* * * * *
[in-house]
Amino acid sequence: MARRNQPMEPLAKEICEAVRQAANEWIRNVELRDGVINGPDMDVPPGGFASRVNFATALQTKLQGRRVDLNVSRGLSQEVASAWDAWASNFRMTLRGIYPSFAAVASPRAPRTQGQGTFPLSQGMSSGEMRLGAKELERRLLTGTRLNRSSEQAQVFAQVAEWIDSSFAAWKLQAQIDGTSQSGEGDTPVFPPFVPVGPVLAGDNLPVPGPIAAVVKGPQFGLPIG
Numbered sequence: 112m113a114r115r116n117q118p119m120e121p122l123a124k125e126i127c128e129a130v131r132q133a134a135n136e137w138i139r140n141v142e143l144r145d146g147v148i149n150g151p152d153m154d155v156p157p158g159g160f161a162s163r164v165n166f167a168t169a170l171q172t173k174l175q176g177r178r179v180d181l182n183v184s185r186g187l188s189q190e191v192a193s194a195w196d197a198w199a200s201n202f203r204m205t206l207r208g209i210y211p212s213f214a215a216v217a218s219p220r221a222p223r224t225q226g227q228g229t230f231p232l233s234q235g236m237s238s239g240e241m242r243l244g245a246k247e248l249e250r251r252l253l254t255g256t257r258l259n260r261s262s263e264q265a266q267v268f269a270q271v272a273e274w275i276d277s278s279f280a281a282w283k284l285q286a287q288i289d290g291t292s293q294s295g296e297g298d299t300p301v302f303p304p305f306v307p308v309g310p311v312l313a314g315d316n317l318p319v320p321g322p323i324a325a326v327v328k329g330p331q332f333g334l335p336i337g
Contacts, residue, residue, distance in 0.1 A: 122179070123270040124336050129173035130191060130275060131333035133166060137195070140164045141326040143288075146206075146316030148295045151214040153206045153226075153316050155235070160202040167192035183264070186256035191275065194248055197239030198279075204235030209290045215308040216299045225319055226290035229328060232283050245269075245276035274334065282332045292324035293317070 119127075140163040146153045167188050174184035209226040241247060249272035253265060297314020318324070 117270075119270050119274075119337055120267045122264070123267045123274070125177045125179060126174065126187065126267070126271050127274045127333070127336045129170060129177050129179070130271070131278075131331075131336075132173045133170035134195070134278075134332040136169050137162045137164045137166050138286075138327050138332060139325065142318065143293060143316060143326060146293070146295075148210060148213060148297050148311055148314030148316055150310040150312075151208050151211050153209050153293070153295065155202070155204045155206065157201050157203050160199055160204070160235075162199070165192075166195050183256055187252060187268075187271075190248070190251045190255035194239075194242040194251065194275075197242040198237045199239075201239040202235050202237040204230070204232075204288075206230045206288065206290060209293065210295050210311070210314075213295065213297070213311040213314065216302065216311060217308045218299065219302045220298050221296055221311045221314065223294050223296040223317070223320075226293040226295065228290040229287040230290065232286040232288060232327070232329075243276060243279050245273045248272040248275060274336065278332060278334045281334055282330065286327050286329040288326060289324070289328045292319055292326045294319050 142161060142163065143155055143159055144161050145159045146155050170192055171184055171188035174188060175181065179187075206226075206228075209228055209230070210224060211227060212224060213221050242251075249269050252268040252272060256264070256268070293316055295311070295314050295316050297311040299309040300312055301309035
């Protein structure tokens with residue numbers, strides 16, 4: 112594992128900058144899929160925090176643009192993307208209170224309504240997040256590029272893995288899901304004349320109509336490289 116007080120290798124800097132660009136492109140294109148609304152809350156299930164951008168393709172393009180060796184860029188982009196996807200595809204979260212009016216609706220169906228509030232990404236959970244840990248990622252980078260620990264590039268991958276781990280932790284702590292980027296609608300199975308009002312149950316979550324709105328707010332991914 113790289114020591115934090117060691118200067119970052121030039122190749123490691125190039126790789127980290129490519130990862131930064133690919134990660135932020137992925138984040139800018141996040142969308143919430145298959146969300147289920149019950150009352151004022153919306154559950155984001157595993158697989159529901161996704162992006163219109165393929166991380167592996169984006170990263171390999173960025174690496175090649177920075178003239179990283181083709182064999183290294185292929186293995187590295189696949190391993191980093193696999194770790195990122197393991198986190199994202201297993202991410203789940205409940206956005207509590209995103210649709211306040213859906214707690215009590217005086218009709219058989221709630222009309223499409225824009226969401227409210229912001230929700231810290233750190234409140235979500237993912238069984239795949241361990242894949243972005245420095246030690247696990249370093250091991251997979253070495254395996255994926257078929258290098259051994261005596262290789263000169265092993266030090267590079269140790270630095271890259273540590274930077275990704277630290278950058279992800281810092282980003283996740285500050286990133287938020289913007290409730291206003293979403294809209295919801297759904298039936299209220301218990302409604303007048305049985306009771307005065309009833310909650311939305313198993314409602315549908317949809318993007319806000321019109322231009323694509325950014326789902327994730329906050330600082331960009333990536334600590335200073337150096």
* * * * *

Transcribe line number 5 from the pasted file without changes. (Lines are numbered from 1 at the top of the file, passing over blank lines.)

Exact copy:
């Protein structure tokens with residue numbers, strides 16, 4: 112594992128900058144899929160925090176643009192993307208209170224309504240997040256590029272893995288899901304004349320109509336490289 116007080120290798124800097132660009136492109140294109148609304152809350156299930164951008168393709172393009180060796184860029188982009196996807200595809204979260212009016216609706220169906228509030232990404236959970244840990248990622252980078260620990264590039268991958276781990280932790284702590292980027296609608300199975308009002312149950316979550324709105328707010332991914 113790289114020591115934090117060691118200067119970052121030039122190749123490691125190039126790789127980290129490519130990862131930064133690919134990660135932020137992925138984040139800018141996040142969308143919430145298959146969300147289920149019950150009352151004022153919306154559950155984001157595993158697989159529901161996704162992006163219109165393929166991380167592996169984006170990263171390999173960025174690496175090649177920075178003239179990283181083709182064999183290294185292929186293995187590295189696949190391993191980093193696999194770790195990122197393991198986190199994202201297993202991410203789940205409940206956005207509590209995103210649709211306040213859906214707690215009590217005086218009709219058989221709630222009309223499409225824009226969401227409210229912001230929700231810290233750190234409140235979500237993912238069984239795949241361990242894949243972005245420095246030690247696990249370093250091991251997979253070495254395996255994926257078929258290098259051994261005596262290789263000169265092993266030090267590079269140790270630095271890259273540590274930077275990704277630290278950058279992800281810092282980003283996740285500050286990133287938020289913007290409730291206003293979403294809209295919801297759904298039936299209220301218990302409604303007048305049985306009771307005065309009833310909650311939305313198993314409602315549908317949809318993007319806000321019109322231009323694509325950014326789902327994730329906050330600082331960009333990536334600590335200073337150096």